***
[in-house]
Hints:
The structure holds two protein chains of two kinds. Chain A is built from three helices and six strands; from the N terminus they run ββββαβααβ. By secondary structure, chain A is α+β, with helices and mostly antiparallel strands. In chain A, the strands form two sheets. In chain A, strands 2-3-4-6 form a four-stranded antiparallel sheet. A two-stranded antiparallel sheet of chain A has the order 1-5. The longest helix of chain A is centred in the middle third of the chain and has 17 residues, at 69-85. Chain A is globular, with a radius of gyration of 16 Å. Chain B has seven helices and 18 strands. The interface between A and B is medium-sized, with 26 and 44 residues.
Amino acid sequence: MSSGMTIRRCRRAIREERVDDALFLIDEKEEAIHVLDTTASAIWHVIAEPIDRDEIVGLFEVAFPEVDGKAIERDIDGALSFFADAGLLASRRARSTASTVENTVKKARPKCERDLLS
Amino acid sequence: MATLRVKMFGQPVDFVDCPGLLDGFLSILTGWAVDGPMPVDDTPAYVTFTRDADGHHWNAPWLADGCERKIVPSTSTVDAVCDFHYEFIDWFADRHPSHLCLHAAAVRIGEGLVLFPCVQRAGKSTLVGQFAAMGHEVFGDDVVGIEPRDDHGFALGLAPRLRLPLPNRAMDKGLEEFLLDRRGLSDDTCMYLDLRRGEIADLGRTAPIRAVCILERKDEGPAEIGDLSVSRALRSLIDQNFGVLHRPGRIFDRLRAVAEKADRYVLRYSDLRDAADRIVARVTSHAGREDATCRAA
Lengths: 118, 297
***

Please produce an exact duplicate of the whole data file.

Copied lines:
[in-house]
Hints:
The structure holds two protein chains of two kinds. Chain A is built from three helices and six strands; from the N terminus they run ββββαβααβ. By secondary structure, chain A is α+β, with helices and mostly antiparallel strands. In chain A, the strands form two sheets. In chain A, strands 2-3-4-6 form a four-stranded antiparallel sheet. A two-stranded antiparallel sheet of chain A has the order 1-5. The longest helix of chain A is centred in the middle third of the chain and has 17 residues, at 69-85. Chain A is globular, with a radius of gyration of 16 Å. Chain B has seven helices and 18 strands. The interface between A and B is medium-sized, with 26 and 44 residues.
Amino acid sequence: MSSGMTIRRCRRAIREERVDDALFLIDEKEEAIHVLDTTASAIWHVIAEPIDRDEIVGLFEVAFPEVDGKAIERDIDGALSFFADAGLLASRRARSTASTVENTVKKARPKCERDLLS
Amino acid sequence: MATLRVKMFGQPVDFVDCPGLLDGFLSILTGWAVDGPMPVDDTPAYVTFTRDADGHHWNAPWLADGCERKIVPSTSTVDAVCDFHYEFIDWFADRHPSHLCLHAAAVRIGEGLVLFPCVQRAGKSTLVGQFAAMGHEVFGDDVVGIEPRDDHGFALGLAPRLRLPLPNRAMDKGLEEFLLDRRGLSDDTCMYLDLRRGEIADLGRTAPIRAVCILERKDEGPAEIGDLSVSRALRSLIDQNFGVLHRPGRIFDRLRAVAEKADRYVLRYSDLRDAADRIVARVTSHAGREDATCRAA
Lengths: 118, 297